The ballot status of the Libertarian and Green Parties in Texas is at risk after November 2016, because this year the Democratic Party is running a full slate of candidates for all the statewide offices. Parties in Texas remain on the ballot by polling 5% for one statewide race, or 2% for Governor. For 2004-2014, no Democrat ran for certain offices, and those were the only offices for which the Libertarians and Greens polled as much as 5%. In 2014, the highest Libertarian percentage for a statewide office with both major parties in the race was 3.39%, and for the Greens, 2.03%.


HISTORY OF CHANGES MAKING IT EASIER FOR A PARTY TO REMAIN ON BALLOT

The chart below lists 43 instances in the last fifty years when a legislature passed a bill to make it easier for a party to remain on the ballot. In all cases except Alaska in 1986 and Tennessee in 2015, the legislatures did this voluntarily, without court involvement. The median vote test for a party to remain on the ballot is 2%, whereas in 1976 it was 5%. This progress can be continued if activists will ask legislators for improvements. Now is the time to talk to legislators about bills.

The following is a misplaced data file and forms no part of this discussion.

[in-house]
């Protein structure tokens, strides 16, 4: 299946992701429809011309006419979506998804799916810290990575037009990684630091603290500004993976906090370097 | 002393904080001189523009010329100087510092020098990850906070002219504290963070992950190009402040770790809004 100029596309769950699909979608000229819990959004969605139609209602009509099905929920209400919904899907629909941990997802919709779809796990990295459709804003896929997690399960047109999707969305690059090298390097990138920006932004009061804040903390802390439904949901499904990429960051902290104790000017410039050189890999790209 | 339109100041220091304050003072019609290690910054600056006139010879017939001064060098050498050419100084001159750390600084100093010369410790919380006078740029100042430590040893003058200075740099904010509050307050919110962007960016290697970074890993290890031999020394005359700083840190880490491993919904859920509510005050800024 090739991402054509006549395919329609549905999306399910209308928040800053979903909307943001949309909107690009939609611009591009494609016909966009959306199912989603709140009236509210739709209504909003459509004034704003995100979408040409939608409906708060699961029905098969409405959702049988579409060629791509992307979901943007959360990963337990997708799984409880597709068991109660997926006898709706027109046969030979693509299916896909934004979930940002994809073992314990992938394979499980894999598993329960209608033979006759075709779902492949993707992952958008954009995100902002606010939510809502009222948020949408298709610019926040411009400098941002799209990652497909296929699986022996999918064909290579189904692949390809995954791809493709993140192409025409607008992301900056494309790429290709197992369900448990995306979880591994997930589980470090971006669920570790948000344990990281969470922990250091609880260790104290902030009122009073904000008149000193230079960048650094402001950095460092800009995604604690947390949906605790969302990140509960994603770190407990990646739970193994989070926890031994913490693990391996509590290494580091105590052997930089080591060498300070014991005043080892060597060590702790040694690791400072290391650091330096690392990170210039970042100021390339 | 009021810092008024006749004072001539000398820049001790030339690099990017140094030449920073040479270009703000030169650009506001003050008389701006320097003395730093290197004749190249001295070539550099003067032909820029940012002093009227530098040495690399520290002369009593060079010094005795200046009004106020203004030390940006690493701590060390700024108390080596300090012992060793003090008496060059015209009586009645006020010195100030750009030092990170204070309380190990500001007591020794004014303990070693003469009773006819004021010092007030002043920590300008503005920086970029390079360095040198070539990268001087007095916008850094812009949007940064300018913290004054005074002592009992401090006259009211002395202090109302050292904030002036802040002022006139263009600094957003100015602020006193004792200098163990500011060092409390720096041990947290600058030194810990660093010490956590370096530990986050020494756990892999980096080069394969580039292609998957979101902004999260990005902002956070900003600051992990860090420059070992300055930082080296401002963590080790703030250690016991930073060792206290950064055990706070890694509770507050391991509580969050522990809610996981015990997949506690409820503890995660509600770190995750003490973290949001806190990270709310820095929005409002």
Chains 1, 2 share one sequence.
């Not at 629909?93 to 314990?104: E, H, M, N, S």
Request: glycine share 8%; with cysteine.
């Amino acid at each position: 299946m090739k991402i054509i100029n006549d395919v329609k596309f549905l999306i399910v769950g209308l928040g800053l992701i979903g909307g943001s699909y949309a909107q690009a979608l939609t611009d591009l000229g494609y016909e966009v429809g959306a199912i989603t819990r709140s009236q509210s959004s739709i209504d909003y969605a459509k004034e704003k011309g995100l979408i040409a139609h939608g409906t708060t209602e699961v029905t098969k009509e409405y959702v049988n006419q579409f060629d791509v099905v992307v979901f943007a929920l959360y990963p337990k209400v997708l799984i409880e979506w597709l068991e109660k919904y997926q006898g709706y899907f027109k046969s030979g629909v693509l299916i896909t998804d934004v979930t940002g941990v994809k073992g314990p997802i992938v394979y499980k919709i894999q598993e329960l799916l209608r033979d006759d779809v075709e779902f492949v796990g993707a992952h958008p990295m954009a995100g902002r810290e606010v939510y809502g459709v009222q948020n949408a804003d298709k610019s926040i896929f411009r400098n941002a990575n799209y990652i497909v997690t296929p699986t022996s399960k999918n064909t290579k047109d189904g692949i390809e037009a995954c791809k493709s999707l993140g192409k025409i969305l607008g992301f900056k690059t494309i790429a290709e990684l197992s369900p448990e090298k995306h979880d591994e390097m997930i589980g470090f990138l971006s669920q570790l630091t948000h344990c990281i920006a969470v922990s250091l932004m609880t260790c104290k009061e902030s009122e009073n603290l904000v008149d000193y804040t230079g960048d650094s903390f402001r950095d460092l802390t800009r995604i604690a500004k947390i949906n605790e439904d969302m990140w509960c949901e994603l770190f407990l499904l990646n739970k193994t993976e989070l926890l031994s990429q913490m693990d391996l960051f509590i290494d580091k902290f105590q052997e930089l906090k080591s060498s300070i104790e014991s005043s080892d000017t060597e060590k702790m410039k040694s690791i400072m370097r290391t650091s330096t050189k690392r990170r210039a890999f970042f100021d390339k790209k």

Year State Old Law New Law

1969

Ohio

10% for President or Governor

7% for President or Governor

1969

Idaho

10% for any statewide race

just run 3 candidates for federal or state office

1971

Ohio

7% for President or Governor

5% for President or Governor

1972

Tenn.

10% for any statewide race

5% for any statewide race

1977

Arkansas

7% for President or Governor

3% for President or Governor

1977

Vermont

1% for any statewide race

have town committees in any ten towns

1978

Delaware

2% for any statewide race

registration of one-twentieth of 1% of state total

1986

Alaska

10% for Governor

3% for Governor

1986

Georgia

20% for President or Governor

approximately 2% for any statewide office

1986

Hawaii

10% for any statewide race

If on for 3 elections in a row, then on for 10 more years

1987

Nevada

5% (of US House vote) for any race

3% (of US House vote) for any race

1987

Texas

2% for Governor